The most well-known villain type is the “evil for evil’s sake” bad guy. This villain has no motives for his evil. He wants to rule the world, and he wants to enslave all its inhabitants.
This type of antag is comical if you take him to his logical end because the question always arises, “What are you going to do if you do enslave the world?” That said, it doesn’t matter what’s next. The important thing is what’s happening right now.
The evil villain is seen most in epic fantasies since everyone knows that evil is bad. Of course we know of the Sith Lord, Darth Sideous from Star Wars. There’s Darken Rahl from The Sword of Truth. The list goes on with these scumbags. Continue reading →
What type of villain are you creating? There are several types, and we are going to take a few days to explore these feats of villainy.
This post will be about the slippery villain. This villain is like a fish that you just can’t keep your hands on. He’s a villain by circumstance, and it only makes you hate him more. Continue reading →
We have all heard of writer’s block, but what is writer’s freeze? Let me begin by expressing the difference between the two. WB is the inability (assumed or not) to write due to a lack of ideas.
Writer’s freeze is different. It’s a term that I stumbled upon in my own writing as I’ve been hacking and slashing my way through this trilogy. WF is the condition where there are plenty of ideas. But here I am, writing this third book, and I am nervous about which ideas to choose. Continue reading →
Tricking the reader is a bad game to play. For instance, having a character pretend not to know that someone is the killer, only to find out that she knew who did it the entire time is wrong. That’s not the kind of trickery that I’m referring to.
What I’m describing is keeping something hidden from the reader, while maintaining your legitimate narrative perspective. Here’s an example. Continue reading →
Empathy deserves justice. Recently we touched on the idea of building empathy for a character. This will, by far, be your most powerful tool for writing. You have to make sure that the reader can connect with the situations that you put your characters through, and the reader must somehow be coerced to pull for your characters within those situations.
Think about it. With empathy, we can make you pull for any character, no matter how sinister he is. The Professional is about guy who wants to protect a little girl, and he just happens to be demolition expert. Well, the writers actually get you to pull for him even though he’s a child molester. Continue reading →
We talked yesterday about using your personal emotions to allow a story to develop. The idea was to think of a topic that brings about emotion, and then use that emotion to form a story. This method can be used with any emotion or affinity.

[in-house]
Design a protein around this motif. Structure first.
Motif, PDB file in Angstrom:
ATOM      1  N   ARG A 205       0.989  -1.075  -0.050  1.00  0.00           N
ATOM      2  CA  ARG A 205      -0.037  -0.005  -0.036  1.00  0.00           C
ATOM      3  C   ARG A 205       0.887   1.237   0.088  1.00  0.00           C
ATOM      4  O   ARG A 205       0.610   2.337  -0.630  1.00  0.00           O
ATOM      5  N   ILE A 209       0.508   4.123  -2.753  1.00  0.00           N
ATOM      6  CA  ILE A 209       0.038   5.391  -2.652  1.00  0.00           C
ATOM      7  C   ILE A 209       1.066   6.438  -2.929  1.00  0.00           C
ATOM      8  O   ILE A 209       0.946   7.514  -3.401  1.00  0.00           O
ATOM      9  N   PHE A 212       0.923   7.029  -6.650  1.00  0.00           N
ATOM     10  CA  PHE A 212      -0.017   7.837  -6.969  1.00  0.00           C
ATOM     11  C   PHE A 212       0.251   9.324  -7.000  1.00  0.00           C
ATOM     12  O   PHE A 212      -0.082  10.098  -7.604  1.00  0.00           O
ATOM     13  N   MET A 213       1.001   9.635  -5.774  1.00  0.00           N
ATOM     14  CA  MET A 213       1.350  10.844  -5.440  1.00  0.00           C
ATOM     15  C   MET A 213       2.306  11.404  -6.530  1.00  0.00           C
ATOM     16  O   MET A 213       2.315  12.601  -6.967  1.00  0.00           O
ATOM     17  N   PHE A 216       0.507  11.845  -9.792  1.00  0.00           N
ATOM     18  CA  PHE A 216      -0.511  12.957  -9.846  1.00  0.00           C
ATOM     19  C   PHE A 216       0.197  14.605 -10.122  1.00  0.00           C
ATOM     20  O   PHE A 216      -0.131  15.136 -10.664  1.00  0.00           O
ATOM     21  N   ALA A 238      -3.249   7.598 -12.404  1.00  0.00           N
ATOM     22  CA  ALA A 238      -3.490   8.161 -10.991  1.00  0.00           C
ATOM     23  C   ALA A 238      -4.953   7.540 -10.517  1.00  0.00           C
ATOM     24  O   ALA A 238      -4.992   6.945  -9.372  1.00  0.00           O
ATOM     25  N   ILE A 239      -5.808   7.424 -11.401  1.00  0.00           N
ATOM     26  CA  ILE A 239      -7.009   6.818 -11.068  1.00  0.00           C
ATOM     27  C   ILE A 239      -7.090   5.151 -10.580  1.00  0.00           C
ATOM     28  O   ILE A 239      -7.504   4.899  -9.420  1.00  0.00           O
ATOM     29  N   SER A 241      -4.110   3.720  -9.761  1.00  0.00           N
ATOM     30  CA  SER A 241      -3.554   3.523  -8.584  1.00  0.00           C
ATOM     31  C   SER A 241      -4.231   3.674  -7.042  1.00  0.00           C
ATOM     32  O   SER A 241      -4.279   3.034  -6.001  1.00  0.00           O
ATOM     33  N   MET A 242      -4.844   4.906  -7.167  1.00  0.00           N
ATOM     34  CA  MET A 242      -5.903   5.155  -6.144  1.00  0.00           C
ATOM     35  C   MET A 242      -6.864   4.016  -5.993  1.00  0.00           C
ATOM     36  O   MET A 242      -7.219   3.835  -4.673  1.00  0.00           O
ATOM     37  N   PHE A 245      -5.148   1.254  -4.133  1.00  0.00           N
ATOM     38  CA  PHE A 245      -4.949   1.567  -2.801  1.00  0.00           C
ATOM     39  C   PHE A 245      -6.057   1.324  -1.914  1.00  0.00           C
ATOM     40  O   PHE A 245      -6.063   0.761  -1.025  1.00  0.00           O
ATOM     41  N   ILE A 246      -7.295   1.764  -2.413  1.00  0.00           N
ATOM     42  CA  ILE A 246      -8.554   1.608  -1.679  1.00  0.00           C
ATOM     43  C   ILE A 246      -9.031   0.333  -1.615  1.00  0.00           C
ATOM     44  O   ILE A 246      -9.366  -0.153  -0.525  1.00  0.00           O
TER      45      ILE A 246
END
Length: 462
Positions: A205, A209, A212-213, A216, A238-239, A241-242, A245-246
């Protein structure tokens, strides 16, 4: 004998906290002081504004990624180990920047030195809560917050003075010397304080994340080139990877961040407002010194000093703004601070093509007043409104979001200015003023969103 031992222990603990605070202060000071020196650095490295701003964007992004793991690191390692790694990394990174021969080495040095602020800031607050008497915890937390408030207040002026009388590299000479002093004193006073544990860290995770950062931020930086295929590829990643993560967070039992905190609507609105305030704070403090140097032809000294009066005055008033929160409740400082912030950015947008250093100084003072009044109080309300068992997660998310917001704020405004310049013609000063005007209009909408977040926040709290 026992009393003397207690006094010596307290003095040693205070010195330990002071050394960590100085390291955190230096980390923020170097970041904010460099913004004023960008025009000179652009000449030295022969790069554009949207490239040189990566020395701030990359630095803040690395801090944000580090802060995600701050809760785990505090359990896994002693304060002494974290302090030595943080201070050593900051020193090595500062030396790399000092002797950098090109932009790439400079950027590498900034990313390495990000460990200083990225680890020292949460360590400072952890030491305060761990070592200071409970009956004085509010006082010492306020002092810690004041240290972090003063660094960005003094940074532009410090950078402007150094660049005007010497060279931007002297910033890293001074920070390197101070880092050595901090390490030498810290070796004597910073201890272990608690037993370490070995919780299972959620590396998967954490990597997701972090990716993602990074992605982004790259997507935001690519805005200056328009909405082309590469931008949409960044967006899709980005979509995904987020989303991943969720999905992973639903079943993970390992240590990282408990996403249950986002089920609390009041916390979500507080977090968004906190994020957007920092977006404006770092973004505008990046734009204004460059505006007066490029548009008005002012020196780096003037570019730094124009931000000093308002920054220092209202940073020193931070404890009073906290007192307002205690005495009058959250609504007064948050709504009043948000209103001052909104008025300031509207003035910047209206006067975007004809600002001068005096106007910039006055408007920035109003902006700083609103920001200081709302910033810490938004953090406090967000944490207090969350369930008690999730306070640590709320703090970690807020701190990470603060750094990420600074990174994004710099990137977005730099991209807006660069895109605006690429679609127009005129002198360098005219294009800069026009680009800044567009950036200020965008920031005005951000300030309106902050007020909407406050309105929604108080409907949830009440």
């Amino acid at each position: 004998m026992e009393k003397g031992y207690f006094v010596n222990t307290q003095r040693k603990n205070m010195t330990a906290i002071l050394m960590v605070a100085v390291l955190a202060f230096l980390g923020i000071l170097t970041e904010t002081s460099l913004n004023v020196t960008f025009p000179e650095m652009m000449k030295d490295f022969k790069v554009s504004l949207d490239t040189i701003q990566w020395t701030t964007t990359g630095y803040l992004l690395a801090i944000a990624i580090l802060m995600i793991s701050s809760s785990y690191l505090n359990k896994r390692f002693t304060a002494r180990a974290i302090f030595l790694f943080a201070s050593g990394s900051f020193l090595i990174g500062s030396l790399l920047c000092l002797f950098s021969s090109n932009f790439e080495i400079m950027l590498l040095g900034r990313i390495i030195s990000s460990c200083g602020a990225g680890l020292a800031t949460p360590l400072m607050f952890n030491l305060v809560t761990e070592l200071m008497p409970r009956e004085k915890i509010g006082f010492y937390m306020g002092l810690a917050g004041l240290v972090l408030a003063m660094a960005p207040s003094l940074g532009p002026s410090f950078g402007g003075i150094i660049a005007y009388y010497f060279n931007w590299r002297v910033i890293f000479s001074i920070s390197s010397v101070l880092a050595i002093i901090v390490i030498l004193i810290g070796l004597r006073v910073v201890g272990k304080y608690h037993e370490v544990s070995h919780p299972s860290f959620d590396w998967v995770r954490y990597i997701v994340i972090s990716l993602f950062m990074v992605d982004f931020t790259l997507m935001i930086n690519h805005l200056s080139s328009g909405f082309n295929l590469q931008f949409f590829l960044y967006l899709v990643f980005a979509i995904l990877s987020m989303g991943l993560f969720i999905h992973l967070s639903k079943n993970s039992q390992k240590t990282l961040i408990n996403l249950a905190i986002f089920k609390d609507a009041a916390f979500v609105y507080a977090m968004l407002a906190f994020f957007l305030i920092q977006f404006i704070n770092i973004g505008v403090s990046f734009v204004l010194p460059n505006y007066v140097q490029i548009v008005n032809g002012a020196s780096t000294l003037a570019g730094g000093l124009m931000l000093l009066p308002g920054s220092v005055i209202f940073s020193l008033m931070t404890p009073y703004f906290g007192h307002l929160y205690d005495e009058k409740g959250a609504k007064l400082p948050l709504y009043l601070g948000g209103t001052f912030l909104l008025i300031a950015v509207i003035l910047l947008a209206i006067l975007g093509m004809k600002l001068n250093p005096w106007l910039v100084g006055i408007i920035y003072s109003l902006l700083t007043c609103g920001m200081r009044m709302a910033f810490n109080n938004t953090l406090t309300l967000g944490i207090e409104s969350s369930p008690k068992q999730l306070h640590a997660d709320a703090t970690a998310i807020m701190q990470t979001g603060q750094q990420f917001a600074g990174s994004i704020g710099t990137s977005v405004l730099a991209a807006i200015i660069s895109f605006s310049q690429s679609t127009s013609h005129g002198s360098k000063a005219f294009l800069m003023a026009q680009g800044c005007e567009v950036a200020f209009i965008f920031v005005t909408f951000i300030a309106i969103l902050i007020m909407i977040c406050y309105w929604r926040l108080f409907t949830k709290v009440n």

Let’s say that I hate bunnies. I mean bunnies are the bane of my existence. If I could get rid of them, then the world would be a better place.
This is a facetious example to show how my emotions about a particular person, place, thing, or idea can be used to generate conflict. We don’t even have to go the with the “fantasy-genre” killer rabbit story. Let’s take your everyday innocent bunny. You know…the ones with the floppy ears and the fur that just makes your fingers tingle. Yeahhh….those kinda’ bunnies. Continue reading →
HOW TO DEVELOP A CHARACTER WITH THE STORY RATHER THAN BEFORE
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I’m straying away from the week’s theme a bit, but who cares? As long as we cover some ground, that’s all that matters. I’ve been reading a lot about character development. How I find time to read anything is beyond me, but it happens. It happens when I’m on the bus or when I’m walking or when I’m on my lunch break. I’m either reading or I’m writing.
At 32,000 feet above sea level on an AirTran flight to Milwaukee, I am officially coining a term that I call the Aluminum Can. What does this mean? It’s the little slips in our stories that go unnoticed, or we notice them, but we need these moments in order for the story to progress.
These things aren’t plot holes, nor are they a sign of lazy writing necessarily, but sometimes we need an event to happen, that can only occur if we have an aluminum can. So what exactly is this “Aluminum Can” moment? Continue reading →
Last week you may have been confused with the talk of scenes and sequels. Frankly, the idea originated from Swain, but still, he uses terms that we are familiar with, like scenes and sequels, and redefines them; thus, he makes it all too confusing.
Here’s a brief break down. Scenes have 3 elements: a goal, a conflict, and a disaster. Your character must experience these three things in a scene. In a sequel, the character must process what just happened. Sequels also have 3 elements: a reaction, a dilemma, and a decision.
What do we do! What’s next? Where do we go from here? Pete has just decided to dial 911. The reader is relieved. At least help is on the way. I mean, we have no idea what Pete’s father is doing. The “sequel” has been written.
Now we write another scene. Remember the three elements that we need? We need the goal, the conflict, and the disaster. And the key here is the keep the tension mounting. There are a lot of avenues that we could take, but let’s go with one of the obvious ones.